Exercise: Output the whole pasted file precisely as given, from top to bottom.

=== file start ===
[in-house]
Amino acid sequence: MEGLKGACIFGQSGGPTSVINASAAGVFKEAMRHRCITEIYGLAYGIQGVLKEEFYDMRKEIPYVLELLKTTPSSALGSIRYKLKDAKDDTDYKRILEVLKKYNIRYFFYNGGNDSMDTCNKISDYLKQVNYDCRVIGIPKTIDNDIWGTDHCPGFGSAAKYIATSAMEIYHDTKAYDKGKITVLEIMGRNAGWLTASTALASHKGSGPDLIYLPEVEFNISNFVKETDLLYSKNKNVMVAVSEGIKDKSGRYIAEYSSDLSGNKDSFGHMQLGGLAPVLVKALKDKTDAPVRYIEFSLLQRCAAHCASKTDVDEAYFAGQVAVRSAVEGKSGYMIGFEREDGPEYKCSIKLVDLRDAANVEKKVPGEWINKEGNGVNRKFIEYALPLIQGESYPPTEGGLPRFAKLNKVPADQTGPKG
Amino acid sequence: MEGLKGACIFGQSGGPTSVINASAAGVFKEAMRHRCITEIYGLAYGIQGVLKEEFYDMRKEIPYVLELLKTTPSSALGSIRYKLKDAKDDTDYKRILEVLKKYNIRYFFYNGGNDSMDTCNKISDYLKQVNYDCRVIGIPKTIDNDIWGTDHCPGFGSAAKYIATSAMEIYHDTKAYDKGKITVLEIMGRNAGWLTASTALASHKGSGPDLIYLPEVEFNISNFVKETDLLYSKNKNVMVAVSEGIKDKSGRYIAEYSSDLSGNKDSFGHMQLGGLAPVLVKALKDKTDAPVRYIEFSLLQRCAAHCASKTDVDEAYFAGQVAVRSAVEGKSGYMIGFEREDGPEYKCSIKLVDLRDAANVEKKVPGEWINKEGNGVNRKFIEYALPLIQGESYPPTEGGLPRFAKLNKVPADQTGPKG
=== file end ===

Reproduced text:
[in-house]
Amino acid sequence: MEGLKGACIFGQSGGPTSVINASAAGVFKEAMRHRCITEIYGLAYGIQGVLKEEFYDMRKEIPYVLELLKTTPSSALGSIRYKLKDAKDDTDYKRILEVLKKYNIRYFFYNGGNDSMDTCNKISDYLKQVNYDCRVIGIPKTIDNDIWGTDHCPGFGSAAKYIATSAMEIYHDTKAYDKGKITVLEIMGRNAGWLTASTALASHKGSGPDLIYLPEVEFNISNFVKETDLLYSKNKNVMVAVSEGIKDKSGRYIAEYSSDLSGNKDSFGHMQLGGLAPVLVKALKDKTDAPVRYIEFSLLQRCAAHCASKTDVDEAYFAGQVAVRSAVEGKSGYMIGFEREDGPEYKCSIKLVDLRDAANVEKKVPGEWINKEGNGVNRKFIEYALPLIQGESYPPTEGGLPRFAKLNKVPADQTGPKG
Amino acid sequence: MEGLKGACIFGQSGGPTSVINASAAGVFKEAMRHRCITEIYGLAYGIQGVLKEEFYDMRKEIPYVLELLKTTPSSALGSIRYKLKDAKDDTDYKRILEVLKKYNIRYFFYNGGNDSMDTCNKISDYLKQVNYDCRVIGIPKTIDNDIWGTDHCPGFGSAAKYIATSAMEIYHDTKAYDKGKITVLEIMGRNAGWLTASTALASHKGSGPDLIYLPEVEFNISNFVKETDLLYSKNKNVMVAVSEGIKDKSGRYIAEYSSDLSGNKDSFGHMQLGGLAPVLVKALKDKTDAPVRYIEFSLLQRCAAHCASKTDVDEAYFAGQVAVRSAVEGKSGYMIGFEREDGPEYKCSIKLVDLRDAANVEKKVPGEWINKEGNGVNRKFIEYALPLIQGESYPPTEGGLPRFAKLNKVPADQTGPKG